Arts Review, Movies

Gemma Bovery

Gemma Bovery featured image

Anne Fontaine, director and co-script w/Pascal Bonitzer based on graphic novel by Posy Simmonds
Starring: Gemma Arterton (Gemma Bovery), Fabrice Luchini (Martin Joubert), Jason Flemyng (Charlie Bovery), Isabelle Candelier (Valerie Joubert), Niels Schneider (Hervé de Bressigny), Mel Raido (Patrick), Elsa Zylberstein (Wizzy), Pip Torrens (Rankin), Kacey Mottet Klein (Julien Joubert), Edith Scob (Madame de Bressigny)

 

Typecasting is a two-edge sword for actors: it gives them an identity but robs them of the chance to play more challenging roles. One wonders if that’s the case with Gemma Arterton, the British actress who played an updated version of Thomas Hardy’s Far From the Madding Crowd feisty heroine Bathsheba in a Stephen Frears film called Tamara Drewe four years ago. Now Arterton is back as another 19th century literary figure, Madame Bovary, in a contemporary version set in modern Normandy. It can hardly be a coincidence that both Tamara Drewe and Gemma Bovery are satirical inventions of the remarkable Posy Simmonds, a cartoonist who is beloved in England for her cartoon creations that often appear in The Guardian. For better or worse, Arterton has become Simmonds’ alter ego.

Gemma Arterton brings more than her first name to Anne Fontaine’s modern take on Flaubert’s notorious Emma Bovary. As she did with Tamara/Bathsheba, Arterton has brought a straightforward, very modern approach to Madame Bovery that is simultaneously funny and endearing. Just as in Tamara Drewe, her character, Gemma Bovery, has three men in love with her, a fact that hardly makes her happy or even satisfied. Understandably, she’s in flux, sometimes acting impulsively and other times, with calculation. She’s at her best when she knows what she’s doing and at her worst, when she falls in love. (Not much has changed since the 19th century). Above all, she’s an icon—and Arterton plays that as exactly what she doesn’t want to be.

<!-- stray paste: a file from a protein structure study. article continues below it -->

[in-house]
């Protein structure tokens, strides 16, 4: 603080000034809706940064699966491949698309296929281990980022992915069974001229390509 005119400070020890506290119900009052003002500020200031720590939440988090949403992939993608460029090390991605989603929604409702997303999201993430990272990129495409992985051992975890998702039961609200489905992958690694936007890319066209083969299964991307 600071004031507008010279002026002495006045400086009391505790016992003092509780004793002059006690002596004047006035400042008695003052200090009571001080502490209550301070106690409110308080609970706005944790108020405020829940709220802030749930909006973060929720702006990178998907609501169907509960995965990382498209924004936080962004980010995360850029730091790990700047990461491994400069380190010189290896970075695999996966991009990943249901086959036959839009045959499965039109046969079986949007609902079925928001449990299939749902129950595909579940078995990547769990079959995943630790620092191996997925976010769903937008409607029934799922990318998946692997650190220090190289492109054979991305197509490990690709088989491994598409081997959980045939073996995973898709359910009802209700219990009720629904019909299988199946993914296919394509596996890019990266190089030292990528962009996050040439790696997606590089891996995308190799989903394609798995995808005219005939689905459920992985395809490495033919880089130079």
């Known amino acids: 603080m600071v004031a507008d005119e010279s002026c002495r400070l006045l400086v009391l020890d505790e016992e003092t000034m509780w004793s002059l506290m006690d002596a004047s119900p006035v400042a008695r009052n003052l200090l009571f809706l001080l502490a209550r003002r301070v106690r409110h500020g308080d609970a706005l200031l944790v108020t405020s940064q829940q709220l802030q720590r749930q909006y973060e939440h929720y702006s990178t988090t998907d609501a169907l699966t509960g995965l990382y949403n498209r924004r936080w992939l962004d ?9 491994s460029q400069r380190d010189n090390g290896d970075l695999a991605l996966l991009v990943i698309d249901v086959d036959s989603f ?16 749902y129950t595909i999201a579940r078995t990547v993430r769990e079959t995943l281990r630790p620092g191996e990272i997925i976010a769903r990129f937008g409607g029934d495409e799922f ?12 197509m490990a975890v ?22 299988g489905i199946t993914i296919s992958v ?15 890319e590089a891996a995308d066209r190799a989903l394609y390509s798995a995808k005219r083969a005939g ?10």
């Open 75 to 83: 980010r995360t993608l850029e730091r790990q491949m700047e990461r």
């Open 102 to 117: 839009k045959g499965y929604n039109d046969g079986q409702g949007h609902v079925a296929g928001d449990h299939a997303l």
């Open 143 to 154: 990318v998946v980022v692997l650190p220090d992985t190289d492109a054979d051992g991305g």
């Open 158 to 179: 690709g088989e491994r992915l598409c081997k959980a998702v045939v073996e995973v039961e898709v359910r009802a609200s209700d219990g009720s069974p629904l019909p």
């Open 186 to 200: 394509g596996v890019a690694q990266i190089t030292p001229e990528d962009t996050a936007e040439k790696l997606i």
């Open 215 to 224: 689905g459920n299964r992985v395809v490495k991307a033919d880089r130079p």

Certainly, Gemma Bovery is the object of what academics like to call the male gaze, especially when it comes to Martin Joubert, the local baker, who is obsessed with her, partially because of her beauty but mainly through her resemblance to Flaubert’s character. It’s Joubert, marvelously played by Fabrice Luchini, who narrates Fontaine’s film and is kept befuddled by Gemma Bovery. We’re never sure where Joubert’s love for both Gemma and Emma will lead us—and that’s a good thing for the film.

The story, cheekily created by Simmonds, has the Bovery couple, Gemma and Charlie, arrive in Normandy from London, where life was becoming too complicated for them. But their sojourn in rural France hardly turns out to be simple. Charlie and Gemma fall out of sync with each other despite making friends with a wealthy couple, Wizzy and Rankin, as well as the local bakers, Martin and Valerie Joubert. Much like Emma in Flaubert, Gemma has an illicit affair with a member of the local gentry and when that relationship sours, becomes involved with an old lover, who unexpectedly arrives in Normandy.

As Madame Bovery’s tale unfolds, Martin Joubert is there to observe and occasionally to make matters worse. Much as Simmonds did in Tamara Drewe, Gemma is fated to run a course somewhat similar to the one in Flaubert’s novel. There’s a wonderfully bracing scene in which Arterton—at her best—assures Martin Joubert that she’s a modern person, not a relic from the 19th century. And, indeed, her destiny is somewhat different from Emma—but it’s still tragic.

Tamara Drewe was wickedly funny; Stephen Frears clearly understood Simmonds’ point-of-view. Anne Fontaine’s Gemma Bovery is darker: the story isn’t just played for satire. In both, Gemma Arterton makes the most out of playing a modern young woman fighting against 19th century archetypes.

Is Gemma Bovery worth seeing? It’s fascinating and confusing and charming and not totally successful. But you’ll enjoy it—especially if you love Flaubert.

Written by Marc Glassman
Adjunct Professor, Ryerson University
Director, Pages UnBound: the festival and series
Editor, POV Magazine
Editor, Montage Magazine
Film Critic, The New Classical 96.3 FM
Film programmer, Planet in Focus

Tune in to hear Marc Glassman’s Art Reviews
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